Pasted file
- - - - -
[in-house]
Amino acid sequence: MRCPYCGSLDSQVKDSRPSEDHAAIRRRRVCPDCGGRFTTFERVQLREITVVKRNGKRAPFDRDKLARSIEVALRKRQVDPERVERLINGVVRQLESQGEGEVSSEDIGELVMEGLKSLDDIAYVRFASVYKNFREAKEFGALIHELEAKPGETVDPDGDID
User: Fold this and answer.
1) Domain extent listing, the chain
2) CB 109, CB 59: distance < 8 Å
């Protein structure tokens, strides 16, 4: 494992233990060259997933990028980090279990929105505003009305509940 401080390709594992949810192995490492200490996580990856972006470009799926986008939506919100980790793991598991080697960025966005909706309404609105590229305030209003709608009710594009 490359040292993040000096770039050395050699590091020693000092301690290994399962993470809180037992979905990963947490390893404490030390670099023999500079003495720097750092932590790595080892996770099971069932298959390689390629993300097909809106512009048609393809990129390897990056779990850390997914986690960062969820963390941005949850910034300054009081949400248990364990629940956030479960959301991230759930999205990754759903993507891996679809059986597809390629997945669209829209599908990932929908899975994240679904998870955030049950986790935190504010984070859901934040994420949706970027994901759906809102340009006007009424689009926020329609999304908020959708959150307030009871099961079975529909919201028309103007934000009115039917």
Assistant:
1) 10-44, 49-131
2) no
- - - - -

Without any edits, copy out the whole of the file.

[in-house]
Amino acid sequence: MRCPYCGSLDSQVKDSRPSEDHAAIRRRRVCPDCGGRFTTFERVQLREITVVKRNGKRAPFDRDKLARSIEVALRKRQVDPERVERLINGVVRQLESQGEGEVSSEDIGELVMEGLKSLDDIAYVRFASVYKNFREAKEFGALIHELEAKPGETVDPDGDID
User: Fold this and answer.
1) Domain extent listing, the chain
2) CB 109, CB 59: distance < 8 Å
């Protein structure tokens, strides 16, 4: 494992233990060259997933990028980090279990929105505003009305509940 401080390709594992949810192995490492200490996580990856972006470009799926986008939506919100980790793991598991080697960025966005909706309404609105590229305030209003709608009710594009 490359040292993040000096770039050395050699590091020693000092301690290994399962993470809180037992979905990963947490390893404490030390670099023999500079003495720097750092932590790595080892996770099971069932298959390689390629993300097909809106512009048609393809990129390897990056779990850390997914986690960062969820963390941005949850910034300054009081949400248990364990629940956030479960959301991230759930999205990754759903993507891996679809059986597809390629997945669209829209599908990932929908899975994240679904998870955030049950986790935190504010984070859901934040994420949706970027994901759906809102340009006007009424689009926020329609999304908020959708959150307030009871099961079975529909919201028309103007934000009115039917």
Assistant:
1) 10-44, 49-131
2) no